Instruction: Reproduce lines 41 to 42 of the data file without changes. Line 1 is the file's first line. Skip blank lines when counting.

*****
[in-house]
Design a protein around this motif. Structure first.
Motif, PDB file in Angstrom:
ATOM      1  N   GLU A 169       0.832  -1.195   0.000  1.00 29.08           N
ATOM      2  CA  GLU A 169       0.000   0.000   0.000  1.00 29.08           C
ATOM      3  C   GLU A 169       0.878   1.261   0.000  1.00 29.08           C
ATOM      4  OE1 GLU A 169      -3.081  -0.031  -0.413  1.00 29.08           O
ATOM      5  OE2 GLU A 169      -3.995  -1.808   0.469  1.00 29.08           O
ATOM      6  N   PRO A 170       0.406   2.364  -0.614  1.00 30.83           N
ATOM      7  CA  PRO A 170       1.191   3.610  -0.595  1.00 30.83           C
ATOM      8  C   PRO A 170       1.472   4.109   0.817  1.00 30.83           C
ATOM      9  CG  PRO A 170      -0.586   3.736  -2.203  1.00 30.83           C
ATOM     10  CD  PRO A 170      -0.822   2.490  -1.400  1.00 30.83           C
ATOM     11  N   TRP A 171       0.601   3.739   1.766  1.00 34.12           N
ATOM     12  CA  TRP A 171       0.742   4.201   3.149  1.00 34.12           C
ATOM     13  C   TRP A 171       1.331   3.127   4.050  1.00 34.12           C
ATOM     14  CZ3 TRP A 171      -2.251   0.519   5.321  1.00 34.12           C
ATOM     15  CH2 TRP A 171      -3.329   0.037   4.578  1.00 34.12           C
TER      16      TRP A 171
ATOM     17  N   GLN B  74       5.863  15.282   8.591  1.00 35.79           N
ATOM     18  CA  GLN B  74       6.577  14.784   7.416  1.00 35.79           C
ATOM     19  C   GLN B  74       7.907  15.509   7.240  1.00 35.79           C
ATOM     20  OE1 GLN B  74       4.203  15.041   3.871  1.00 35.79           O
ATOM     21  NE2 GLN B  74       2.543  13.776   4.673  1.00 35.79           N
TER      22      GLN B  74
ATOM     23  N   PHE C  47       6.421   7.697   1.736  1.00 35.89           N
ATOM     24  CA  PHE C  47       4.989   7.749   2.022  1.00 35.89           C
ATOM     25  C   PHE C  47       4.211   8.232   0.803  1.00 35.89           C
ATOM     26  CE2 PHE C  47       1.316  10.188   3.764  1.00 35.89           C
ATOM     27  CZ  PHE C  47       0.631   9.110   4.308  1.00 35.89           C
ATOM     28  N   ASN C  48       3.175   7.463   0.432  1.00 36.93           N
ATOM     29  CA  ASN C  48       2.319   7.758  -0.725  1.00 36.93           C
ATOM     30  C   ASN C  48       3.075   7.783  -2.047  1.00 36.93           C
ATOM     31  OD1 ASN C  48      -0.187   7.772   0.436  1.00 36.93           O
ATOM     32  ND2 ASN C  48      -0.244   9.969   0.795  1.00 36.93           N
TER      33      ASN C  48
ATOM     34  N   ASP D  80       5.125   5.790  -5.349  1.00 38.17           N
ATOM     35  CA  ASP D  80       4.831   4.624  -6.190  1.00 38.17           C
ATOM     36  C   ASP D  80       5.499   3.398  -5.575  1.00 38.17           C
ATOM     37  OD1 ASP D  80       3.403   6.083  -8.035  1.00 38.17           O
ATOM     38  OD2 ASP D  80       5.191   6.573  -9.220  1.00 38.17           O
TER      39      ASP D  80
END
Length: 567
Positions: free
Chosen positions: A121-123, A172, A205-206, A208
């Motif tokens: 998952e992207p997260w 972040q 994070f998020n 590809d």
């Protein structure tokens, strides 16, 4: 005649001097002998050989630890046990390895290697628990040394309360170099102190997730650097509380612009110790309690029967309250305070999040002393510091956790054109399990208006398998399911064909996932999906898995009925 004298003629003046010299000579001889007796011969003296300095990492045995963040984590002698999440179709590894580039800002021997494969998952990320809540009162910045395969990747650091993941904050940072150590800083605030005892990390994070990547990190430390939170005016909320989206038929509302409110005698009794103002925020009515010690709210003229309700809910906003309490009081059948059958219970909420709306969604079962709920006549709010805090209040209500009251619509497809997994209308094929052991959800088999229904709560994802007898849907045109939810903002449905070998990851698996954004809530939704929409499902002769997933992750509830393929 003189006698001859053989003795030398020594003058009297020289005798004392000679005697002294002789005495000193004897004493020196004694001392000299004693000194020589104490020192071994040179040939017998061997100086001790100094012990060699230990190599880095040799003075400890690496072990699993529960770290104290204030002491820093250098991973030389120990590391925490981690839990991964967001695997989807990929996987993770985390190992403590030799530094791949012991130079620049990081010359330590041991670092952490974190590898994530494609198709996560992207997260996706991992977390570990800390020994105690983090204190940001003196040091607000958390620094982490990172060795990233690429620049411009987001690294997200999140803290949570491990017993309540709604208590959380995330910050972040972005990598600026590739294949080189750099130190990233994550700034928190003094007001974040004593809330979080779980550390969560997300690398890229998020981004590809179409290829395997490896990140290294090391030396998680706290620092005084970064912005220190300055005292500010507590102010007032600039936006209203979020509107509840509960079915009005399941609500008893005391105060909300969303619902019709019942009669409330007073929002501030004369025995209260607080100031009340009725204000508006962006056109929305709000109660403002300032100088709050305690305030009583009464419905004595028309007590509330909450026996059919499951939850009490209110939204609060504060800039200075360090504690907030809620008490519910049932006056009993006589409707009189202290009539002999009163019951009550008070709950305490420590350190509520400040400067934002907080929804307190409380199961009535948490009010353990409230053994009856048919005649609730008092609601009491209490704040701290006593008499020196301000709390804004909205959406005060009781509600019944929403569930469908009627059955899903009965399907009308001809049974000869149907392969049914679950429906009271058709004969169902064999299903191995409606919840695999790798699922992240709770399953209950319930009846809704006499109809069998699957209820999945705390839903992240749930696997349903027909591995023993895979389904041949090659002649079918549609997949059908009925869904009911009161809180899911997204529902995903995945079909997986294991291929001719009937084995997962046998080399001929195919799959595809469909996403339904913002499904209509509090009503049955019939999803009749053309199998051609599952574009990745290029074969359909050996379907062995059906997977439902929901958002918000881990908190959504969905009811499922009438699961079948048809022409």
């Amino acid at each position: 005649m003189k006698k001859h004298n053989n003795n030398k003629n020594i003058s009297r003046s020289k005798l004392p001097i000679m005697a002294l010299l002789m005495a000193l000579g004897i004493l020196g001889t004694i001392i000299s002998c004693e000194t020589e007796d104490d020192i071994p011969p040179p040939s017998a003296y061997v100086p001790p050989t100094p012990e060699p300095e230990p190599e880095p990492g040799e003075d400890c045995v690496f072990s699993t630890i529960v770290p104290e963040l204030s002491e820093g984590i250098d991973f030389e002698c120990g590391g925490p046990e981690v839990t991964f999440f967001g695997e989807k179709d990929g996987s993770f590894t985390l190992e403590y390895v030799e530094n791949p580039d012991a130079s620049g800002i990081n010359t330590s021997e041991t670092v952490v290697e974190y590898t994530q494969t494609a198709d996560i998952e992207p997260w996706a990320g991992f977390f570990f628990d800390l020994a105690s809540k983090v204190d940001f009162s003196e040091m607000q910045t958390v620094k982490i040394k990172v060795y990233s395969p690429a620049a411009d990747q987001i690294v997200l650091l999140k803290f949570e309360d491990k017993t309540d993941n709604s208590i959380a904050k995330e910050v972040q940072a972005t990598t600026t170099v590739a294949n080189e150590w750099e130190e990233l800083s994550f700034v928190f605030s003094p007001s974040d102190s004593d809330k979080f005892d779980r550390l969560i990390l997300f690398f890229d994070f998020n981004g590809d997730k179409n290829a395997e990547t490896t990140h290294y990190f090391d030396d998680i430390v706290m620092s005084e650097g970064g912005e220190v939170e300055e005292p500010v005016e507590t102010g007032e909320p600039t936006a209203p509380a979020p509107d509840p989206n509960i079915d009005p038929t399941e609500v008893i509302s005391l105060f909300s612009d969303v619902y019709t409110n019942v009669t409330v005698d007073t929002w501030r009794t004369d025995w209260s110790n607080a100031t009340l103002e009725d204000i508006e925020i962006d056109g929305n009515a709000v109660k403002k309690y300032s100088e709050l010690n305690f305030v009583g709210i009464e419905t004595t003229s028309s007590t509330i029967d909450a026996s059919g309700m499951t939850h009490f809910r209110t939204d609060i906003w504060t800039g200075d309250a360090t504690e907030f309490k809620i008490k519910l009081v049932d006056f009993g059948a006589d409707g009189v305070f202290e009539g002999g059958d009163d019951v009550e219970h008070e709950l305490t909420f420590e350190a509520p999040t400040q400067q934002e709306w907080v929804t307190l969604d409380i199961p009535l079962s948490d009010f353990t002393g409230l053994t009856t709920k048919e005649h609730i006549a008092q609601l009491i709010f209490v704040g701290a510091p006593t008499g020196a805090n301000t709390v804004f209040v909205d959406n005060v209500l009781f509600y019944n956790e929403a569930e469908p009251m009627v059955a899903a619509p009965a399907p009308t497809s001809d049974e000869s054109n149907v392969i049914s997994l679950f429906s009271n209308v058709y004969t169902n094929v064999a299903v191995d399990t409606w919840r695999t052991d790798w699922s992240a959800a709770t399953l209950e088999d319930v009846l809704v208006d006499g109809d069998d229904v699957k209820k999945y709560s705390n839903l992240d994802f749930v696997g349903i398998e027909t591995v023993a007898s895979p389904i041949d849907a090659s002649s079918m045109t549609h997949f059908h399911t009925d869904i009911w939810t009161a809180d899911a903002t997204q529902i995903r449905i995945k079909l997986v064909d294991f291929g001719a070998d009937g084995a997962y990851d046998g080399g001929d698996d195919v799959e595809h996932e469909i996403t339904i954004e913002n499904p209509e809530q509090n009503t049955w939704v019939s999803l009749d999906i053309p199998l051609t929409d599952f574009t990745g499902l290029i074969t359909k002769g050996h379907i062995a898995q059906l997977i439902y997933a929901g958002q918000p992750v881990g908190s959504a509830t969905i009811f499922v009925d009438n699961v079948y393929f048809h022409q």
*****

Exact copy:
ATOM     38  OD2 ASP D  80       5.191   6.573  -9.220  1.00 38.17           O
TER      39      ASP D  80